Globally, 70% of people work remotely at least once a week, according to a study by Zug released in 2018. However, despite the abundance of options for many to choose remote work opportunities, as well as the rising popularity of doing so nowadays, those who live with dyslexia and find themselves working from home may face additional difficulties that can make the experience more difficult. Thankfully, there are a number of ways that working remotely can be adapted to fit one’s specific needs in order to ensure the best opportunity for success.
How dyslexia can affect working from home
People with dyslexia can experience significant difficulties when making the transition to working from home. For instance, because most remote job opportunities involve using a computer, difficulties may arise when reading or writing emails and memos, spotting typos in typed work, and following written directions. Due to such issues, a dyslexic employee’s work can be affected in many ways. For instance, in addition to minor errors in the work itself, other issues like difficulty when it comes to meeting deadlines and staying focused can also become a problem — all of which are important aspects of working from home productively and effectively.
Remote work can be particularly difficult for those who live with dyslexia when nothing is done to properly accommodate the condition. For instance, stress caused by the challenges that dyslexia can bring while working can potentially lead to a stress-related injury — within which recognised categories include anxiety, depression, and adjustment and dissociative disorders, making workers compensation insurance a necessity should such an injury occur. However, despite the additional challenges that those with dyslexia may face, it’s important to keep in mind that they are still a valuable asset to any team, and there are a number of tools and ways that someone with dyslexia can effectively adapt to working from home.
Finding a solution
There are several things that can help make working from home much easier for someone with dyslexia, which can not only allow one to work more effectively, but can also make working from home a more enjoyable experience overall. For starters, simply letting a supervisor or employer know of the condition can help gain understanding and allow for an open line of communication in figuring out how to adapt work from home methods to the employee’s specific needs. For instance, opting to use oral communication like voice messages or video conferencing software can offer an easier alternative to traditional messaging or email. However, there are also some things that can be done on the employee’s end that can make things much easier when it comes to getting work done.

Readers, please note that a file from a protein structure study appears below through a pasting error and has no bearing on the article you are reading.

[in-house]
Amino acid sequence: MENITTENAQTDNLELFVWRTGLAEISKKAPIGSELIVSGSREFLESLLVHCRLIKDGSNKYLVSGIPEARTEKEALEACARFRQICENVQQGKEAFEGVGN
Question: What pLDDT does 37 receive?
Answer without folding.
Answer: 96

Creating the perfect working environment
Creating the ideal work environment can prove vital when working from home with dyslexia, and doing so can be achieved in a number of different ways. For example, setting up a workspace in a quiet space allows for an uninterrupted environment perfect for getting work done. Additionally, wearing noise-cancelling headphones when needed to block out background noise can also be of great help in terms of focusing. Incorporating certain software into the work environment can also maximise productivity. For instance, due to challenges when writing and reading, a voice-to-text software or a voice synthesiser can help immensely by allowing the employee to write and “read” work material like emails, documents and directions. Spell check software can also help eliminate typos and misspellings in written work, and should be a staple when working from home.
Working from home is rapidly becoming more and more mainstream. However, while it may seem like a luxury to most, those who live with dyslexia can face a myriad of unique challenges. To combat these challenges, there are a number of ways that working from home can be made less stressful and more enjoyable for the employee, enabling them to improve their focus and navigate their work more easily.